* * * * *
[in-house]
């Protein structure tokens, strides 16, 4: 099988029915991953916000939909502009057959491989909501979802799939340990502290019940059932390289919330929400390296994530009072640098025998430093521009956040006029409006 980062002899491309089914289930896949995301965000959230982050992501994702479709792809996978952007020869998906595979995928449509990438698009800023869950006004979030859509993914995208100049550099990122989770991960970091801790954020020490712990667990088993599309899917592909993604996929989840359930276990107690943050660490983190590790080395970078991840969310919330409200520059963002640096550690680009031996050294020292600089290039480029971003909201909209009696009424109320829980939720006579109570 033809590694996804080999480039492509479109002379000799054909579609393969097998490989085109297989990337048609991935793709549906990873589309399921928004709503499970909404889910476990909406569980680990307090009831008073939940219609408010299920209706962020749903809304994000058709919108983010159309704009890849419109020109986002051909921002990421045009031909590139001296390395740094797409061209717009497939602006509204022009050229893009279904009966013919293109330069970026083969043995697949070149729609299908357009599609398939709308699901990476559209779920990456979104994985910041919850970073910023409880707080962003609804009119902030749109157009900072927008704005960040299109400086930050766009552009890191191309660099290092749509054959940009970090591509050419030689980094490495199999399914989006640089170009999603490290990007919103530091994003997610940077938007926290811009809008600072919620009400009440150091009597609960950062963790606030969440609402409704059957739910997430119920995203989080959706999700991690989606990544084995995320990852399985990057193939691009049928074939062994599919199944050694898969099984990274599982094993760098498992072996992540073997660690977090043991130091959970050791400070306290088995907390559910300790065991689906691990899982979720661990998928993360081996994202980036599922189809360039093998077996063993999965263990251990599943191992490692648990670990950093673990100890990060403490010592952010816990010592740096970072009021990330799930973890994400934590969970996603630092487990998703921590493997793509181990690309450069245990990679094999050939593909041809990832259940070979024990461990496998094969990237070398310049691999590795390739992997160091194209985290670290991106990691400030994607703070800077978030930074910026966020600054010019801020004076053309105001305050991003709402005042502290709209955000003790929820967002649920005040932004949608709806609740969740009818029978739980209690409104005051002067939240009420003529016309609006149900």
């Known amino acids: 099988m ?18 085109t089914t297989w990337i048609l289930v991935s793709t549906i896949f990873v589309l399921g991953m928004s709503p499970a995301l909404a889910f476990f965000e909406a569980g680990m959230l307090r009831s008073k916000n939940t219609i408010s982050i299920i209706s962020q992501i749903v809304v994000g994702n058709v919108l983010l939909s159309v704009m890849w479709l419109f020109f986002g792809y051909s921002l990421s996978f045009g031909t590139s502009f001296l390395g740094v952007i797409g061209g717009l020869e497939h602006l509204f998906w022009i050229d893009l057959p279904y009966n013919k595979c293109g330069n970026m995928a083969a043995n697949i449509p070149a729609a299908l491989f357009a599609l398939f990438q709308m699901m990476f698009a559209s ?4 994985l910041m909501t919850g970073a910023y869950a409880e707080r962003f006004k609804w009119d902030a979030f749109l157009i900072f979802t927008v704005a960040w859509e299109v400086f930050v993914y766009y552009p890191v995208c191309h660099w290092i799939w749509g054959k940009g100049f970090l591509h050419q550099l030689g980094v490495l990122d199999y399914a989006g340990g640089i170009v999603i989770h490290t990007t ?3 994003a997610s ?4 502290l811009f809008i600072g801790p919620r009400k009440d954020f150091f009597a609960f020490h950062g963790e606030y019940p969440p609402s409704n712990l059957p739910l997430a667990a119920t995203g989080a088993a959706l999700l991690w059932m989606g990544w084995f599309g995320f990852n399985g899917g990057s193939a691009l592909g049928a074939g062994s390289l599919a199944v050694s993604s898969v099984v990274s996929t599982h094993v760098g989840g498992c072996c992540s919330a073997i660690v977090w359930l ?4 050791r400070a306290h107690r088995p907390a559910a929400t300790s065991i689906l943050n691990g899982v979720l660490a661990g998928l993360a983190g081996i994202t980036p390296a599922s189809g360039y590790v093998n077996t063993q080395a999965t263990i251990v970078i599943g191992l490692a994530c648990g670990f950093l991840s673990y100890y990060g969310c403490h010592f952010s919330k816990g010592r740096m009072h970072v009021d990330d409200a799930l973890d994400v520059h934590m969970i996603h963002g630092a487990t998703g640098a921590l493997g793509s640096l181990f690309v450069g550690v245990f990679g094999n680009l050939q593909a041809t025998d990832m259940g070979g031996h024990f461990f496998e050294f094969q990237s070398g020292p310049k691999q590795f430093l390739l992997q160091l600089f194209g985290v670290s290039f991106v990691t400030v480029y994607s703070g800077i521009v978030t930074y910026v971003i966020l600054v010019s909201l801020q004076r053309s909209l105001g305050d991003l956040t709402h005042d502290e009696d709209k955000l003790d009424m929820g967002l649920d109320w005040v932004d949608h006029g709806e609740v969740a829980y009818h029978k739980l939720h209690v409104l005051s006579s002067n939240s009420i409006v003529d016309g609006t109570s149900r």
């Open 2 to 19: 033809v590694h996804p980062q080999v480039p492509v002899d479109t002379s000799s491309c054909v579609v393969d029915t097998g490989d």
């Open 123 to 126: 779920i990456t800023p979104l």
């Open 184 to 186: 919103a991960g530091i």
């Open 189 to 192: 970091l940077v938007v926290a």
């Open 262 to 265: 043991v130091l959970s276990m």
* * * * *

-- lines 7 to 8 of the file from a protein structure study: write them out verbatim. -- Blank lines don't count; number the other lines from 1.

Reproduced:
């Open 189 to 192: 970091l940077v938007v926290a």
């Open 262 to 265: 043991v130091l959970s276990m």